NASA Helps Hartman Find Stories

(CBS)
If you wanted to randomly select people from the planet, the fairest way would be to hold a worldwide lottery with everybody entered. Unfortunately, they don't make any spinning, plastic tumblers that hold 6,791,500,000 ping pong balls. So we did the next best thing.

Last November, the space shuttle Atlantis launched from the Kennedy Space Center with a very special stowaway. At the request of CBS News, NASA tucked a small, inflatable globe into the shuttle cargo bay. Later, after Atlantis rendezvoused with the International Space Station, astronaut Jeff Williams spun the globe and randomly pointed to three places.

About the International Space Station

In full disclosure, he actually pointed to more than three. We wanted a few back-up choices just in case he randomly pointed to three spots in the U.S. – which, of course, would have defeated the purpose. I also promised my dad I wouldn't go any place too dangerous.

Fortunately, in the end, it wasn't an issue.

Space Photo Essay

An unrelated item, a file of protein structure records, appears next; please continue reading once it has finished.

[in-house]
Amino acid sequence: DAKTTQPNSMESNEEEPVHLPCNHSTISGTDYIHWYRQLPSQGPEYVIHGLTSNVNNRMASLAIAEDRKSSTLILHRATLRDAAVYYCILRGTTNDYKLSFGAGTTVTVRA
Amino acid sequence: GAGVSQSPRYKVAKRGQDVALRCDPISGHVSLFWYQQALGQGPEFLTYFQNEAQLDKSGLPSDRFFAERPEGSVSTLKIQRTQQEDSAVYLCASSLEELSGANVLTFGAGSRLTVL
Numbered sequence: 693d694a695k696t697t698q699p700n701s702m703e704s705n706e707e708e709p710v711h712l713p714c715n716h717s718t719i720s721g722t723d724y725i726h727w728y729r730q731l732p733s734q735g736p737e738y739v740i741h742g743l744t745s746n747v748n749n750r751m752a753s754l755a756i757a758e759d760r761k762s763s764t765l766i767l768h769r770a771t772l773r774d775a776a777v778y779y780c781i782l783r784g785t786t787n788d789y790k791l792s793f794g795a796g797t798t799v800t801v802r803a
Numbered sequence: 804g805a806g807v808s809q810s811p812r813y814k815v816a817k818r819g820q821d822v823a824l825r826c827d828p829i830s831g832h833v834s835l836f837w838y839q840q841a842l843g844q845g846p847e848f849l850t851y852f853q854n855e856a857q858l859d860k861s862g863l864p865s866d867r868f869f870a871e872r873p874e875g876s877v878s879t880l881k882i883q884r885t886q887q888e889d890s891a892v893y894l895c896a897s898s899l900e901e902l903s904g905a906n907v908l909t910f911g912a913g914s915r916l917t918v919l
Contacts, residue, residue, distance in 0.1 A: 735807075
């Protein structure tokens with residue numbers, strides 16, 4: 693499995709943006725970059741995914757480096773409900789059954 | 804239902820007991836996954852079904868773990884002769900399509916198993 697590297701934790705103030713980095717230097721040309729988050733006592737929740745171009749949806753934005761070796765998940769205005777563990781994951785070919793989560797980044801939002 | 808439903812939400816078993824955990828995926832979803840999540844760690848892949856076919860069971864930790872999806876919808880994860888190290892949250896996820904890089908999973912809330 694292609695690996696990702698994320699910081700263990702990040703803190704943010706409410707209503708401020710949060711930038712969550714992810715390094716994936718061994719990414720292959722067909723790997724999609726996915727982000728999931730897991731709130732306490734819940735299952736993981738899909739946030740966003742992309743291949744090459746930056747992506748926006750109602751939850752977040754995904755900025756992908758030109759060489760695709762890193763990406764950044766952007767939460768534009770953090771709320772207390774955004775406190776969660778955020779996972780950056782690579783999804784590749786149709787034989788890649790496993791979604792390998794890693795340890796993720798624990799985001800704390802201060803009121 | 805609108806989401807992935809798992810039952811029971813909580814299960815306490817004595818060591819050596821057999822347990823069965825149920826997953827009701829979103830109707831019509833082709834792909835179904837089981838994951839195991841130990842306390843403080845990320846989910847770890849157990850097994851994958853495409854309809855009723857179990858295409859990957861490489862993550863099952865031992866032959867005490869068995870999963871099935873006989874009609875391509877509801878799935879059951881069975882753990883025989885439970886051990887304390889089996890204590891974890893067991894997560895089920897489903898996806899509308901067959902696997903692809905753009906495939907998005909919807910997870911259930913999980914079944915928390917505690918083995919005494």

Everyone in the World Has a Story

Once we had our three locations, we traveled to those places and set out to pick one random citizen. Again, ping pong balls were out. So, just as I did for my "Everybody Has a Story" series, I turned to the phone book. I randomly pointed to names until I got a willing subject. This process wasn't easy. In America I always had a hard time convincing people that, no, I really wasn't a prankster or a telemarketer selling aluminum siding. While overseas I encountered those same problems and new ones too. Most people had never heard of Steve Hartman, nor had they ever heard of CBS News, nor did they speak much English beyond, "Me no interest in what you sell today."

I had interpreters try to translate, but it still wasn't easy. One guy agreed to talk and seemed excited, but after we got to his house he decided he wanted money for his story. CBS News never pays for interviews. So I went back to the phone book and pointed again.

As with most setbacks if life, in the end, it all seemed to happen for a reason. We wound-up with some wonderful people with extraordinary stories. My goal now, and throughout this series, will be to convey the magic I felt in getting to know all of them.

  • Steve Hartman

    Steve Hartman has been a CBS News correspondent since 1998, having served as a part-time correspondent for the previous two years.

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